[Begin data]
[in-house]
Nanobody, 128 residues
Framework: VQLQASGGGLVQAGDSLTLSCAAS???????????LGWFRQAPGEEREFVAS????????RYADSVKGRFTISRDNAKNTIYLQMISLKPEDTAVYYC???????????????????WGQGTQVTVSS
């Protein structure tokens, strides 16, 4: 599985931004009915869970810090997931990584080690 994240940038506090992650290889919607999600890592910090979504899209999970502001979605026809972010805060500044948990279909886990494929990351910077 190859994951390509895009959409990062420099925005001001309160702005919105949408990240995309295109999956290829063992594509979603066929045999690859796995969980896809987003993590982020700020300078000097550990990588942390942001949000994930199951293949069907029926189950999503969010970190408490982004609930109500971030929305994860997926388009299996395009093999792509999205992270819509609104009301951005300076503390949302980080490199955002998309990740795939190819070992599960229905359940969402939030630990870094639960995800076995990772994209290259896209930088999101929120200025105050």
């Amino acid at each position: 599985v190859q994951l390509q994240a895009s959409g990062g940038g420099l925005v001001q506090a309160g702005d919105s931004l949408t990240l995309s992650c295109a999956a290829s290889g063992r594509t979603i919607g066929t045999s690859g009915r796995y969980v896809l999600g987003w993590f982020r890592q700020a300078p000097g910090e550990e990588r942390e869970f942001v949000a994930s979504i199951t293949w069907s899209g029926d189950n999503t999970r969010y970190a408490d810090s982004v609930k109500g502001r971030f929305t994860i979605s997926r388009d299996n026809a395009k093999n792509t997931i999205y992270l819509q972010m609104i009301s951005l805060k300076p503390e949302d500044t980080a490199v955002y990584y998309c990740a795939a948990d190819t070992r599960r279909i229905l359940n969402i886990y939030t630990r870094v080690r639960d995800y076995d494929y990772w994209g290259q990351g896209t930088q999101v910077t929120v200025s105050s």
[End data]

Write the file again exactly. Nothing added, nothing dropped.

[in-house]
Nanobody, 128 residues
Framework: VQLQASGGGLVQAGDSLTLSCAAS???????????LGWFRQAPGEEREFVAS????????RYADSVKGRFTISRDNAKNTIYLQMISLKPEDTAVYYC???????????????????WGQGTQVTVSS
């Protein structure tokens, strides 16, 4: 599985931004009915869970810090997931990584080690 994240940038506090992650290889919607999600890592910090979504899209999970502001979605026809972010805060500044948990279909886990494929990351910077 190859994951390509895009959409990062420099925005001001309160702005919105949408990240995309295109999956290829063992594509979603066929045999690859796995969980896809987003993590982020700020300078000097550990990588942390942001949000994930199951293949069907029926189950999503969010970190408490982004609930109500971030929305994860997926388009299996395009093999792509999205992270819509609104009301951005300076503390949302980080490199955002998309990740795939190819070992599960229905359940969402939030630990870094639960995800076995990772994209290259896209930088999101929120200025105050």
């Amino acid at each position: 599985v190859q994951l390509q994240a895009s959409g990062g940038g420099l925005v001001q506090a309160g702005d919105s931004l949408t990240l995309s992650c295109a999956a290829s290889g063992r594509t979603i919607g066929t045999s690859g009915r796995y969980v896809l999600g987003w993590f982020r890592q700020a300078p000097g910090e550990e990588r942390e869970f942001v949000a994930s979504i199951t293949w069907s899209g029926d189950n999503t999970r969010y970190a408490d810090s982004v609930k109500g502001r971030f929305t994860i979605s997926r388009d299996n026809a395009k093999n792509t997931i999205y992270l819509q972010m609104i009301s951005l805060k300076p503390e949302d500044t980080a490199v955002y990584y998309c990740a795939a948990d190819t070992r599960r279909i229905l359940n969402i886990y939030t630990r870094v080690r639960d995800y076995d494929y990772w994209g290259q990351g896209t930088q999101v910077t929120v200025s105050s």